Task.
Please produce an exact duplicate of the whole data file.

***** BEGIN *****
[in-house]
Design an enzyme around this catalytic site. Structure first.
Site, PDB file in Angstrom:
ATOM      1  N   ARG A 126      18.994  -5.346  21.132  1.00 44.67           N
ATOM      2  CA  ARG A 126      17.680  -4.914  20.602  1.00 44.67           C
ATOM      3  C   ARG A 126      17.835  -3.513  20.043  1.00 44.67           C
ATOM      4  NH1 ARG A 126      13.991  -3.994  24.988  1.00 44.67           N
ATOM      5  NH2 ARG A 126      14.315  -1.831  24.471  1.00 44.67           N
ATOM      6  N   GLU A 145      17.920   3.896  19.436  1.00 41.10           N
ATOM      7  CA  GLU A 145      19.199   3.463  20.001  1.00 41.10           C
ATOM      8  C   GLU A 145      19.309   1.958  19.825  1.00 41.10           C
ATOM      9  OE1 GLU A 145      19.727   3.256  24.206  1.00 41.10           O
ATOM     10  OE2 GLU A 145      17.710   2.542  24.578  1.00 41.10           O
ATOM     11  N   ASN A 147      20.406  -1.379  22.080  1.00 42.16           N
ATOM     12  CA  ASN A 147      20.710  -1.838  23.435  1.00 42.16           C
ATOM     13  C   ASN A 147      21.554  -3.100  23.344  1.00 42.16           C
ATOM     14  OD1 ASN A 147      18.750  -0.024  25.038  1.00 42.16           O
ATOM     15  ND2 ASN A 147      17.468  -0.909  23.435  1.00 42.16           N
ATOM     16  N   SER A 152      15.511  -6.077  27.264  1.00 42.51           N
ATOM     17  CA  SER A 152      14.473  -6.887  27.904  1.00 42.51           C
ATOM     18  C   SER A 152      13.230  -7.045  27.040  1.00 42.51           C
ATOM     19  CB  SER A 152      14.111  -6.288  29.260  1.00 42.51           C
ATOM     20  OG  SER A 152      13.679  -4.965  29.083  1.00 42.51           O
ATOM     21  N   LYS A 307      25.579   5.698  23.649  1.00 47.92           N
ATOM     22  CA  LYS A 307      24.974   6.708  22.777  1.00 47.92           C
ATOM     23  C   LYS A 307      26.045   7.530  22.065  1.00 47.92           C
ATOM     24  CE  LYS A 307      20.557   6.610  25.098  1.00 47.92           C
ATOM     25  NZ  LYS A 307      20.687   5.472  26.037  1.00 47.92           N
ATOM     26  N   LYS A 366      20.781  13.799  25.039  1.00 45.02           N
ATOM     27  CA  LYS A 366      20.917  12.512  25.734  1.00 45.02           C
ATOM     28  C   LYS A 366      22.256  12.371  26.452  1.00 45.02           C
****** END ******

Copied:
[in-house]
Design an enzyme around this catalytic site. Structure first.
Site, PDB file in Angstrom:
ATOM      1  N   ARG A 126      18.994  -5.346  21.132  1.00 44.67           N
ATOM      2  CA  ARG A 126      17.680  -4.914  20.602  1.00 44.67           C
ATOM      3  C   ARG A 126      17.835  -3.513  20.043  1.00 44.67           C
ATOM      4  NH1 ARG A 126      13.991  -3.994  24.988  1.00 44.67           N
ATOM      5  NH2 ARG A 126      14.315  -1.831  24.471  1.00 44.67           N
ATOM      6  N   GLU A 145      17.920   3.896  19.436  1.00 41.10           N
ATOM      7  CA  GLU A 145      19.199   3.463  20.001  1.00 41.10           C
ATOM      8  C   GLU A 145      19.309   1.958  19.825  1.00 41.10           C
ATOM      9  OE1 GLU A 145      19.727   3.256  24.206  1.00 41.10           O
ATOM     10  OE2 GLU A 145      17.710   2.542  24.578  1.00 41.10           O
ATOM     11  N   ASN A 147      20.406  -1.379  22.080  1.00 42.16           N
ATOM     12  CA  ASN A 147      20.710  -1.838  23.435  1.00 42.16           C
ATOM     13  C   ASN A 147      21.554  -3.100  23.344  1.00 42.16           C
ATOM     14  OD1 ASN A 147      18.750  -0.024  25.038  1.00 42.16           O
ATOM     15  ND2 ASN A 147      17.468  -0.909  23.435  1.00 42.16           N
ATOM     16  N   SER A 152      15.511  -6.077  27.264  1.00 42.51           N
ATOM     17  CA  SER A 152      14.473  -6.887  27.904  1.00 42.51           C
ATOM     18  C   SER A 152      13.230  -7.045  27.040  1.00 42.51           C
ATOM     19  CB  SER A 152      14.111  -6.288  29.260  1.00 42.51           C
ATOM     20  OG  SER A 152      13.679  -4.965  29.083  1.00 42.51           O
ATOM     21  N   LYS A 307      25.579   5.698  23.649  1.00 47.92           N
ATOM     22  CA  LYS A 307      24.974   6.708  22.777  1.00 47.92           C
ATOM     23  C   LYS A 307      26.045   7.530  22.065  1.00 47.92           C
ATOM     24  CE  LYS A 307      20.557   6.610  25.098  1.00 47.92           C
ATOM     25  NZ  LYS A 307      20.687   5.472  26.037  1.00 47.92           N
ATOM     26  N   LYS A 366      20.781  13.799  25.039  1.00 45.02           N
ATOM     27  CA  LYS A 366      20.917  12.512  25.734  1.00 45.02           C
ATOM     28  C   LYS A 366      22.256  12.371  26.452  1.00 45.02           C